Columbia University has been at the forefront of sound innovation for over 70 years with faculty specializing in composition, improvisation, music theory, musicology, installation, sculpture, instrument building, acoustics, music cognition, and computer programming.
A joint initiative between the Visual Arts Program in the School of the Arts and the Computer Music Center in the Department of Music, the Sound Art MFA is a two-year program that is highly selective, offering admission to only three or four students each year. Prospective students with a deep engagement with sound as a creative medium and a desire to join a diverse community of artists and musicians are encouraged to apply.
Sound Art students pursue creative work in a variety of genres and focus on the integration of sound with other media. The Sounds Art MFA is a studio-based degree awarded by the Visual Arts Program and students have the freedom to explore work in sculpture, video, and ceramics as well as new media, performance, and conceptual strategies.
The Sound Art program is the only graduate sound art degree in New York City. Situated in a vibrant international art scene, students have access to world-class art institutions such as MoMA, the Whitney, the New Museum, the Studio Museum of Harlem, and the Guggenheim, as well as independent gallery spaces and outdoor public sites in close proximity to Columbia. Conversations about local exhibitions and performances enrich the discussion of the contemporary practice of sound in artistic practice. Individual studio visits with the Director, faculty, visiting artists, sound theorists, and curators facilitate dialogue and reveal multiple readings of students’ work. Students develop their practice in a multi-perspectival, interactive, and supportive environment that encourages them to conceive and discuss their own work, articulate their artistic ideas, and develop an awareness of how their work is situated within the context of various histories, disciplines, and practices.
"Sound Arts has transformed the way I think and expanded and solidified my ideas at the same time. I needed this safe space, and to explore new ideas in this space. The program is so intimate, but at the same time it gave me so many exploratory tools, I could take it anywhere I wanted. It was artistic freedom. . . Being in the program expanded my art so much, I was transformed and my art was transformed, and I will never be the same. The faculty was a dream team. It's a great privilege to be part of the program and I learned so much from the students—the high quality of the students challenged me. It was a once in a lifetime chance to explore academia and practice, with the best tools possible."
First-year Sound Art students are assigned small, private studios, and Second-year Sound Art students are assigned large private studios. Sound Art students have access to production facilities and equipment including a recording studio, electronic music studio, a spatial audio lab, an electronics lab, and a digital imaging and video editing lab. There are professional wood- and metal-working shops, printmaking and ceramics facilities, digital and analog photography labs, and access to the visual arts and film production center equipment check-out. Students also have access to the extensive sound archives of the Center for Ethnomusicology; books, scores, sound recordings, and videos from the Gabe M. Wiener Music & Arts Library; and other resources available through the Department of Music.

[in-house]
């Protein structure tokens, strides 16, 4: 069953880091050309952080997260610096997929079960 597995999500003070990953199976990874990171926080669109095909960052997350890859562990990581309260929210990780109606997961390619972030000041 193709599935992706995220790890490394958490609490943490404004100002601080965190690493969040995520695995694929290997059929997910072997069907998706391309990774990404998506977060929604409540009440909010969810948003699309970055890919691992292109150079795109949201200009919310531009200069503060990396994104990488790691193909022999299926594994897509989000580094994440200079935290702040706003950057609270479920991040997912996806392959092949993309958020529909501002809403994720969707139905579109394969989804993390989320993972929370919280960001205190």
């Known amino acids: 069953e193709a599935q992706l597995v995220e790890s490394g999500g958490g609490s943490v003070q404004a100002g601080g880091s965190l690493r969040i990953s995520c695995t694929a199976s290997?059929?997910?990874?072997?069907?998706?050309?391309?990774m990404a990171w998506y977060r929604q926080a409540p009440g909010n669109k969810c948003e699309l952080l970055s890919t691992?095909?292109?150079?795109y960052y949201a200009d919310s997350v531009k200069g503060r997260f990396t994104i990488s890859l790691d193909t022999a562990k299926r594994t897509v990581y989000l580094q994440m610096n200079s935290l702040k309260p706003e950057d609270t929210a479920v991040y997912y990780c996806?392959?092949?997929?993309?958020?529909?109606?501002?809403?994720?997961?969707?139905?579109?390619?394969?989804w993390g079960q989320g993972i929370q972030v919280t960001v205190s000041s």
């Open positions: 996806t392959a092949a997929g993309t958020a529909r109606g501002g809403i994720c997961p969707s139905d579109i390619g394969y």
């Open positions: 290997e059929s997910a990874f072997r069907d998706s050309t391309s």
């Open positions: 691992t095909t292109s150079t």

An important part of the curriculum is the Artist-Mentor experience, where for one week a semester, students have the opportunity to explore the city with an artist of another generation or in another place in their career. Students go to the artist's studio, meet their colleagues and their community, and foster a deeper and more personal engagement with the Artist-mentor than the classroom can offer. The Artist-Mentor week offers a time of bonding and a taste of the master/apprentice relationship that existed before the development of formal MFA programs.
Each semester, students take a seminar in Critical Issues in Sound. This course explores theories of sound and listening, the history of sound art, and current sound practices. Students explore their own practice in the context of these topics.
In the first year there is a first year exhibition and in the second year a thesis exhibition held at the Wallach Gallery at the Lenfest Center for the Arts. The Thesis Project begins with a written proposal that delineates the student's artistic practice and outlines how they aim to fulfill the thesis requirement, and culminates with a dialog about the work between the student, faculty, as well as committee members drawn from outside the program.
The program is augmented by electives that can be both practical and theoretical courses. In discussion with the Director, and with the permission of the instructor, students may take full advantage of the diverse intellectual and scholarly resources available at Columbia (see the Columbia University Directory of Classes for potential course offerings).
Sound Art students are invited to attend the Visiting Artists Lecture Series (VALS) organized by the Visual Arts Program that exposes students to an vast array of artists from around the world on a weekly basis.
Image Carousel with 9 slides
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Slide 1: Anechoic chamber at Bell Labs
Slide 2: Anechoic chamber at Bell Labs
Slide 3: Sound Art Field Trip
Slide 4: Director in Sound Art, Miya J Masaoka
Slide 5: Outdoor field recording at Watchung Reservation
Slide 6: Outdoor field recording at Watchung Reservation
Slide 7: Outdoor field recording at Watchung Reservation
Slide 8: Outdoor field recording at Watchung Reservation
Slide 9: Outdoor field recording at Watchung Reservation